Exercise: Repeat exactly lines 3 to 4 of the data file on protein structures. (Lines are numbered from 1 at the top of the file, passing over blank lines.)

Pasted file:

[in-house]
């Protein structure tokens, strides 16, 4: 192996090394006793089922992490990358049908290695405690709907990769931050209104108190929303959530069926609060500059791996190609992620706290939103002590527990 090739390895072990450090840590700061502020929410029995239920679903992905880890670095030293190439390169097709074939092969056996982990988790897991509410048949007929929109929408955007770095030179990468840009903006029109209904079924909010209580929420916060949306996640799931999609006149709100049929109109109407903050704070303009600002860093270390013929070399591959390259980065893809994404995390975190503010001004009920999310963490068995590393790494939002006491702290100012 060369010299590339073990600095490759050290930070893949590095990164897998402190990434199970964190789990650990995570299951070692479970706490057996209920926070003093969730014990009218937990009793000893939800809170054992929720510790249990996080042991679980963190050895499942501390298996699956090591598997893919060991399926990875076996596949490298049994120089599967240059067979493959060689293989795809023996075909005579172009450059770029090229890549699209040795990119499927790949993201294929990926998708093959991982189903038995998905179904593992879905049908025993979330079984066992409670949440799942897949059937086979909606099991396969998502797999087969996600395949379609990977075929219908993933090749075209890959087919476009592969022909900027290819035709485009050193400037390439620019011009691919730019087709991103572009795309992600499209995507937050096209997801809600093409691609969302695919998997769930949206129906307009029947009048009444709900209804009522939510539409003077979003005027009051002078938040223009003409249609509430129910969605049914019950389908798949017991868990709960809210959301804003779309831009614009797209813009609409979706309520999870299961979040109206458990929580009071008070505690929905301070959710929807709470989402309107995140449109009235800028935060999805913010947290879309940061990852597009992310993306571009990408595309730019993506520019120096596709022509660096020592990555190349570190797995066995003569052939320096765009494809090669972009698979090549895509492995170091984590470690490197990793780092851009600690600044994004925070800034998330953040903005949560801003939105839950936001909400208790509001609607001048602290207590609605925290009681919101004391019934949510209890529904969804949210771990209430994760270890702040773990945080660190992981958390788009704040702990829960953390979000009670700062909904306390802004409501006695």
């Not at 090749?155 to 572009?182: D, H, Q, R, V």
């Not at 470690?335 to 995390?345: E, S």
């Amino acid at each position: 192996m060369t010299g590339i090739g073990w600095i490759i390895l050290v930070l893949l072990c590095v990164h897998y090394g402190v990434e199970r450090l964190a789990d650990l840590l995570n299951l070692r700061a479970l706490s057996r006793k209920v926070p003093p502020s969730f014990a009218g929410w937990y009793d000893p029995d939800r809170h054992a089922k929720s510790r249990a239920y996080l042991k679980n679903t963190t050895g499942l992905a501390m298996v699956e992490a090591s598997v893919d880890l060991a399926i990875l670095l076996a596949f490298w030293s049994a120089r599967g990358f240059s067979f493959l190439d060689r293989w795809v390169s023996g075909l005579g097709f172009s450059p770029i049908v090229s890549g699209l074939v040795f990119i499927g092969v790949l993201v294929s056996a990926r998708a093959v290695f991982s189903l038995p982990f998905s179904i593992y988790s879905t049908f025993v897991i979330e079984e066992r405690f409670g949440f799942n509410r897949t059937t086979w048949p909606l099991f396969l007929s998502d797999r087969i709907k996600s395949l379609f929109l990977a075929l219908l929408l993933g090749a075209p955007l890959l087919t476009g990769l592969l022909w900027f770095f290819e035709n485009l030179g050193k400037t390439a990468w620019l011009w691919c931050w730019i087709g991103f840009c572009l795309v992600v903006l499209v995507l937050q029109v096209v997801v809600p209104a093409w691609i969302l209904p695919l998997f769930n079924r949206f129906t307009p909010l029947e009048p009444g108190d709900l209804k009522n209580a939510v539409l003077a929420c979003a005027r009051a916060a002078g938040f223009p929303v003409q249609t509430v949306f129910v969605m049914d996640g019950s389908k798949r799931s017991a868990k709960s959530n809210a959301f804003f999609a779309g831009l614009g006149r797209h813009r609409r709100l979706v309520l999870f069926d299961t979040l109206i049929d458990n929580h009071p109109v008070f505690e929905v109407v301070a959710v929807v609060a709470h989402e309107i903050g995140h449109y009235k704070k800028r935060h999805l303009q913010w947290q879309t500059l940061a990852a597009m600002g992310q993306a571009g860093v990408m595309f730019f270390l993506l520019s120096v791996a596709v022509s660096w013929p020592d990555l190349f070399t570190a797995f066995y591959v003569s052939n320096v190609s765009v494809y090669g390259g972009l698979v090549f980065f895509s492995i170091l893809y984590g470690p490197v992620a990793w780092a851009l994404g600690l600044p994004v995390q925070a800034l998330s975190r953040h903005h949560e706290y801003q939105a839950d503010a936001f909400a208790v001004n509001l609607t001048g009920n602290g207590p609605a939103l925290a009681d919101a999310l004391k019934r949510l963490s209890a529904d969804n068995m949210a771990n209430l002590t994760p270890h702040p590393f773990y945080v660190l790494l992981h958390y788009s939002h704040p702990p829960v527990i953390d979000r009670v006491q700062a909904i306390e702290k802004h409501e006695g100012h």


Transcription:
């Not at 090749?155 to 572009?182: D, H, Q, R, V």
């Not at 470690?335 to 995390?345: E, S």